Woodlawn and the Gilded Age

As fans of the television production “Gilded Age” await the launch of Season 2, Woodlawn prepares for zealous visitors on the search for sites associated with the show. The first season focused on Bertha Russell who was modeled after Alva Belmont when she was married to William Kissam Vanderbilt. Other Woodlawn notables featured in the show were: Jay Gould (George Russell), Caroline Astor (Mrs. Orme Wilson), and Mrs. Chamberlin. Woodlawn families mentioned include the Goelets, Schermerhorns, Jones, and Stevens.

With all the renewed interest in the Gilded Age, it was time to investigate Woodlawn’s relationship to the Vanderbilt Family. Cornelius Vanderbilt (1794-1877) had 13 children—nine daughters and four sons. When Cornelius Vanderbilt died, his remains were entombed in a mausoleum at the Moravian Cemetery on Staten Island where his parents were memorialized. Vanderbilt’s son, William Henry Vanderbilt (1821-1885), inherited the majority of the enormous fortune; he commissioned architect Richard Morris Hunt to design a new family mausoleum, which was completed in 1886 under the supervision of his son, George Washington Vanderbilt II, the builder of the iconic Biltmore Estate in Ashville, North Carolina.

Apparently, not all family members were welcome in the new mausoleum. In 1886, Cornelius Vanderbilt’s daughters Sophia, Mary, and Ethelinda moved their families from the Staten Island burial ground to Woodlawn. Their sisters, Phebe Cross and Elizabeth Osgood purchased their Woodlawn lots shortly after their father’s death in 1878 and 1879, respectively. When you enter Woodlawn, the red granite tomb of Frances Vanderbilt’s husband, Horace F. Clark (1815-1873), a member of Woodlawn’s Board of Trustees, sits on the rise.

The Vanderbilts were known as builders, and Cornelius’s granddaughters, great granddaughters and daughters in law made it into “Mrs. Astor’s 400” and were connected with some of America’s most spectacular structures. Eliza Vanderbilt Webb, the daughter of William H. Vanderbilt, married William Seward Webb and they built Shelburne Farms on the outskirts of Burlington, Vermont. The Webb family is buried in the Oak Hill Plot around a towering obelisk. Eliza’s sister Florence Vanderbilt Twombly along with her husband Hamilton built “Florham,” which is now the centerpiece of Farleigh Dickinson University in Morris, New Jersey. The Twombly monument was designed by architect Stanford White (also featured in Season 1) and crafted by Tiffany Studios Ecclesiastical and Memorial Department in 1896.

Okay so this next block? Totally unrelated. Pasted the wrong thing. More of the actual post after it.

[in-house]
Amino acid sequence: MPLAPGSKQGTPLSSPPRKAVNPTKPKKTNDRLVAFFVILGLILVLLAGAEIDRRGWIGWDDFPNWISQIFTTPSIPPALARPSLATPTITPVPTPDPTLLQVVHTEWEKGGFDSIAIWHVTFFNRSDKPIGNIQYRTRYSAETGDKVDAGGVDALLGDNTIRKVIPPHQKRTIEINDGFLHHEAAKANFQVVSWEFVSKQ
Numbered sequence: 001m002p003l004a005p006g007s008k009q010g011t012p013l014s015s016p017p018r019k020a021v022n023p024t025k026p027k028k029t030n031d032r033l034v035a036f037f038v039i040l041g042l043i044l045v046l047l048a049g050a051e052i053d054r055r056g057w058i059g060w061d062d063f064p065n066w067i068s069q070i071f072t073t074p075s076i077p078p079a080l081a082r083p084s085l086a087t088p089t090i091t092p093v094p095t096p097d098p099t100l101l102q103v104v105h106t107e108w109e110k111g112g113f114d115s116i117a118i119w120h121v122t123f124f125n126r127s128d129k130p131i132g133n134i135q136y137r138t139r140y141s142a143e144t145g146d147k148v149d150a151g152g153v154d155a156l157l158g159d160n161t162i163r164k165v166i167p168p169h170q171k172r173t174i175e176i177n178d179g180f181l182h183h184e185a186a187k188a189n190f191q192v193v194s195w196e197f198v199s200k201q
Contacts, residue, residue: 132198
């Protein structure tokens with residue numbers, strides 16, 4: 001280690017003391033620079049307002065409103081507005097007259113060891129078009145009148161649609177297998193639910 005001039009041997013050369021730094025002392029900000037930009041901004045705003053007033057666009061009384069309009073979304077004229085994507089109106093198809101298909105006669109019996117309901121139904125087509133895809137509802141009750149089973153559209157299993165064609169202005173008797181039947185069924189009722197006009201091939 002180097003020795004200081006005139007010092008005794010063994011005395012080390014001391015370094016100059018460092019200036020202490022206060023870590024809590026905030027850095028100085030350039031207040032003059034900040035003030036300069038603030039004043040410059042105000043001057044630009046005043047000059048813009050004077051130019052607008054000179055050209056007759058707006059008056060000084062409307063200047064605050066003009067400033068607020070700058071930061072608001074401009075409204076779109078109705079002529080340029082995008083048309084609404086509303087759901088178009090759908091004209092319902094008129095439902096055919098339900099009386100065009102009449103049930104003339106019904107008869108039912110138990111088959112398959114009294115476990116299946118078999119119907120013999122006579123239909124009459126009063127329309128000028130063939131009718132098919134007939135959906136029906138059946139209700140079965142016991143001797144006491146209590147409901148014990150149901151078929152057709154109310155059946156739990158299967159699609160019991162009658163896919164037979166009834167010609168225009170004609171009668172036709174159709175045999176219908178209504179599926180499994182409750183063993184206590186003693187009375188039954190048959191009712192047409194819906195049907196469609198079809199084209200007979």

Not far from the Twombly and Webb monuments is the final resting place of Gertrude Vanderbilt Whitney (1875-1942), great granddaughter of the Commodore. She was interred in the lot of her husband’s father, William Collins Whitney. The dark Quincy Granite monument was also designed by Stanford White. On Central Avenue, near the Evergreen Plot, there is a circle with no monuments—just cornerstones bearing the initials “CV.” This space was purchased by Cornelius Vanderbilt II, Gertrude’s father and owner of the Breakers, the magnificent “cottage” in Newport, Rhode Island. Vanderbilt never used the lot and transferred it back to the cemetery in 1893 under the condition it would never be sold and could only be used as a garden.

Alva Erskine Vanderbilt, the wife of William Kissam Vanderbilt was the most famous of the builders. She worked with Richard Morris Hunt to build a substantial mansion in Manhattan, Idle Hour on Long Island, and the Marble House in Newport. She hired Hunt’s sons to design the Woodlawn mausoleum she constructed for her second husband, Oliver Hazard Perry Belmont. Completed in 1910, the tomb is a replica of the Chapel of St. Hubert in Amboise, France. When she became active in the women’s suffrage movement, Alva became a public figure and opened her mausoleum on weekends. Although Woodlawn keeps the mausoleum locked, you can view it on one of the special tours given by the Woodlawn Conservancy. Check the Conservancy’s schedule for upcoming Trolley Tours, self-guided maps, and winter book talks to learn more about Woodlawn and America’s Gilded Age.